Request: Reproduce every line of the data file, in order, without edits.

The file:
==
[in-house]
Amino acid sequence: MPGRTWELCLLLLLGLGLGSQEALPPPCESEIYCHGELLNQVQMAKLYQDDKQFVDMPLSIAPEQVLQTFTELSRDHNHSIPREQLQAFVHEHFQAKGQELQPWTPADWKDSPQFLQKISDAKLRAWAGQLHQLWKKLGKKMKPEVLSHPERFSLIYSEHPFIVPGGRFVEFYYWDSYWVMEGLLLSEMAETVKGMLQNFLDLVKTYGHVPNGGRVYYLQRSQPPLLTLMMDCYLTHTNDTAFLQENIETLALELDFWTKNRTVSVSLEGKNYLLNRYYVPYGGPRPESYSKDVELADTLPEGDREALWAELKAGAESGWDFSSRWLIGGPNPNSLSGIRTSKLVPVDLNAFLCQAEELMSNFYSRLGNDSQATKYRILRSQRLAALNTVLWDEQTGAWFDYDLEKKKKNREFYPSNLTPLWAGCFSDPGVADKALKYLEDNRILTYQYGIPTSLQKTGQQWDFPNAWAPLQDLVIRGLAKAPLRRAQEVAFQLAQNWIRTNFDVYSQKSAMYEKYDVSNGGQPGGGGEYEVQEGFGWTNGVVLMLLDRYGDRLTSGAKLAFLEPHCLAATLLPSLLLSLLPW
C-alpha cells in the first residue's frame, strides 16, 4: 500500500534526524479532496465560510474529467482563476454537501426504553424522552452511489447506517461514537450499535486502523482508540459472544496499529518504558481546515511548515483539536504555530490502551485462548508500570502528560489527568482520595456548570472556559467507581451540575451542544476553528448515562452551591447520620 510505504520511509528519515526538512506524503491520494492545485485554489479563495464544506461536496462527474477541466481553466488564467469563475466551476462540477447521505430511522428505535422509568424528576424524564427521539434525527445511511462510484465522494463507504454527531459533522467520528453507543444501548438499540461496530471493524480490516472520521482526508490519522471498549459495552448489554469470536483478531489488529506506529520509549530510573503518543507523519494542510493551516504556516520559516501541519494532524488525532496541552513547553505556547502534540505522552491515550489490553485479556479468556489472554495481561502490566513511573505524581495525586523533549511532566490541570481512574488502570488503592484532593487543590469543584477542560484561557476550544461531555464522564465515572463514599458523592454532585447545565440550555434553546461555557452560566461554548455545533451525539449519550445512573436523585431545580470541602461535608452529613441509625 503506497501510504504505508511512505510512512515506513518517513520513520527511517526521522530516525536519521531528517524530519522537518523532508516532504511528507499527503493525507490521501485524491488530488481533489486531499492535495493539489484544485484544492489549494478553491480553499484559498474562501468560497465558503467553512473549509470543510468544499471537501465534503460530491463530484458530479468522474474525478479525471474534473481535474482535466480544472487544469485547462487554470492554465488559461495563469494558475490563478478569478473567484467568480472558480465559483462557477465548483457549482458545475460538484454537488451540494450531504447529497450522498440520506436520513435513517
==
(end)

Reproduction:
[in-house]
Amino acid sequence: MPGRTWELCLLLLLGLGLGSQEALPPPCESEIYCHGELLNQVQMAKLYQDDKQFVDMPLSIAPEQVLQTFTELSRDHNHSIPREQLQAFVHEHFQAKGQELQPWTPADWKDSPQFLQKISDAKLRAWAGQLHQLWKKLGKKMKPEVLSHPERFSLIYSEHPFIVPGGRFVEFYYWDSYWVMEGLLLSEMAETVKGMLQNFLDLVKTYGHVPNGGRVYYLQRSQPPLLTLMMDCYLTHTNDTAFLQENIETLALELDFWTKNRTVSVSLEGKNYLLNRYYVPYGGPRPESYSKDVELADTLPEGDREALWAELKAGAESGWDFSSRWLIGGPNPNSLSGIRTSKLVPVDLNAFLCQAEELMSNFYSRLGNDSQATKYRILRSQRLAALNTVLWDEQTGAWFDYDLEKKKKNREFYPSNLTPLWAGCFSDPGVADKALKYLEDNRILTYQYGIPTSLQKTGQQWDFPNAWAPLQDLVIRGLAKAPLRRAQEVAFQLAQNWIRTNFDVYSQKSAMYEKYDVSNGGQPGGGGEYEVQEGFGWTNGVVLMLLDRYGDRLTSGAKLAFLEPHCLAATLLPSLLLSLLPW
C-alpha cells in the first residue's frame, strides 16, 4: 500500500534526524479532496465560510474529467482563476454537501426504553424522552452511489447506517461514537450499535486502523482508540459472544496499529518504558481546515511548515483539536504555530490502551485462548508500570502528560489527568482520595456548570472556559467507581451540575451542544476553528448515562452551591447520620 510505504520511509528519515526538512506524503491520494492545485485554489479563495464544506461536496462527474477541466481553466488564467469563475466551476462540477447521505430511522428505535422509568424528576424524564427521539434525527445511511462510484465522494463507504454527531459533522467520528453507543444501548438499540461496530471493524480490516472520521482526508490519522471498549459495552448489554469470536483478531489488529506506529520509549530510573503518543507523519494542510493551516504556516520559516501541519494532524488525532496541552513547553505556547502534540505522552491515550489490553485479556479468556489472554495481561502490566513511573505524581495525586523533549511532566490541570481512574488502570488503592484532593487543590469543584477542560484561557476550544461531555464522564465515572463514599458523592454532585447545565440550555434553546461555557452560566461554548455545533451525539449519550445512573436523585431545580470541602461535608452529613441509625 503506497501510504504505508511512505510512512515506513518517513520513520527511517526521522530516525536519521531528517524530519522537518523532508516532504511528507499527503493525507490521501485524491488530488481533489486531499492535495493539489484544485484544492489549494478553491480553499484559498474562501468560497465558503467553512473549509470543510468544499471537501465534503460530491463530484458530479468522474474525478479525471474534473481535474482535466480544472487544469485547462487554470492554465488559461495563469494558475490563478478569478473567484467568480472558480465559483462557477465548483457549482458545475460538484454537488451540494450531504447529497450522498440520506436520513435513517